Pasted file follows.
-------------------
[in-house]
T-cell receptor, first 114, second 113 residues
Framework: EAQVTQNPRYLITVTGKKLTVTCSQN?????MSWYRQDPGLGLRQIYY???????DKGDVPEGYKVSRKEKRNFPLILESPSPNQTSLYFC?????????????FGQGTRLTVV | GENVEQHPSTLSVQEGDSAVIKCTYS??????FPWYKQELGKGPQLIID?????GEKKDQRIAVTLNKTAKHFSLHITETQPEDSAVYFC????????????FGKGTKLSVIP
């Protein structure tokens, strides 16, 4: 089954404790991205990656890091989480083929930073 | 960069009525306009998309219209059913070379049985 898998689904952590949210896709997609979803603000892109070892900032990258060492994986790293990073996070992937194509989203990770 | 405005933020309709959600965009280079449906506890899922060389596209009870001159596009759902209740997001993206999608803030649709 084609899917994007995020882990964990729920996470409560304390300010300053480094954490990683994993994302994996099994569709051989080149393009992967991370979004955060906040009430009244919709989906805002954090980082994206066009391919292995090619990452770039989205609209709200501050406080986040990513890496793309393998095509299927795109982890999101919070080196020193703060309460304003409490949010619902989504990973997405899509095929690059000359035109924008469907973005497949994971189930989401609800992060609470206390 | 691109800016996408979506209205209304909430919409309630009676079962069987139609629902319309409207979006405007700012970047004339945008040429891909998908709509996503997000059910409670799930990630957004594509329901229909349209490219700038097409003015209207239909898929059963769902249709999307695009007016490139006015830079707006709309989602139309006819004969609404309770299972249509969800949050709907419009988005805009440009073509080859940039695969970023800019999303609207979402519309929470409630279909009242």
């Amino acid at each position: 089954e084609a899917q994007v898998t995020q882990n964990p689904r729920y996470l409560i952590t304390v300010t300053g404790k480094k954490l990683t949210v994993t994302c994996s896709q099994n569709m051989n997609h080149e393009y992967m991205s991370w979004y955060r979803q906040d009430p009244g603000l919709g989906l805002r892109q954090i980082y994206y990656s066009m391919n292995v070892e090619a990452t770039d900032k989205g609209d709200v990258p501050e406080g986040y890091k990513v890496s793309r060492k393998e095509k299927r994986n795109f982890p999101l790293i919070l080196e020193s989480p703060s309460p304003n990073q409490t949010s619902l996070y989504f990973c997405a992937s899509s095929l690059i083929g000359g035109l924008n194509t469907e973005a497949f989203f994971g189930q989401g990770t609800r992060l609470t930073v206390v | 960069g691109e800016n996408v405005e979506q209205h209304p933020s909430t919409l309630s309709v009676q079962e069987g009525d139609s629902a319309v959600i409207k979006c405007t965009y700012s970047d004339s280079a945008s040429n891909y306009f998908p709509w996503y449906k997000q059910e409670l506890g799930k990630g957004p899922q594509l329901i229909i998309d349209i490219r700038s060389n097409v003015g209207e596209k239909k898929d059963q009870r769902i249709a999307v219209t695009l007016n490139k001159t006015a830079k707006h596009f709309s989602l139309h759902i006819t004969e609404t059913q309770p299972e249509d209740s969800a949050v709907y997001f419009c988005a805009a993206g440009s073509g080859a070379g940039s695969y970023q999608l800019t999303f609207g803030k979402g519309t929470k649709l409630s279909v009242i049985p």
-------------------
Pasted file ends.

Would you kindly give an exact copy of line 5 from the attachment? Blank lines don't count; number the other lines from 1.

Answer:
């Amino acid at each position: 089954e084609a899917q994007v898998t995020q882990n964990p689904r729920y996470l409560i952590t304390v300010t300053g404790k480094k954490l990683t949210v994993t994302c994996s896709q099994n569709m051989n997609h080149e393009y992967m991205s991370w979004y955060r979803q906040d009430p009244g603000l919709g989906l805002r892109q954090i980082y994206y990656s066009m391919n292995v070892e090619a990452t770039d900032k989205g609209d709200v990258p501050e406080g986040y890091k990513v890496s793309r060492k393998e095509k299927r994986n795109f982890p999101l790293i919070l080196e020193s989480p703060s309460p304003n990073q409490t949010s619902l996070y989504f990973c997405a992937s899509s095929l690059i083929g000359g035109l924008n194509t469907e973005a497949f989203f994971g189930q989401g990770t609800r992060l609470t930073v206390v | 960069g691109e800016n996408v405005e979506q209205h209304p933020s909430t919409l309630s309709v009676q079962e069987g009525d139609s629902a319309v959600i409207k979006c405007t965009y700012s970047d004339s280079a945008s040429n891909y306009f998908p709509w996503y449906k997000q059910e409670l506890g799930k990630g957004p899922q594509l329901i229909i998309d349209i490219r700038s060389n097409v003015g209207e596209k239909k898929d059963q009870r769902i249709a999307v219209t695009l007016n490139k001159t006015a830079k707006h596009f709309s989602l139309h759902i006819t004969e609404t059913q309770p299972e249509d209740s969800a949050v709907y997001f419009c988005a805009a993206g440009s073509g080859a070379g940039s695969y970023q999608l800019t999303f609207g803030k979402g519309t929470k649709l409630s279909v009242i049985p």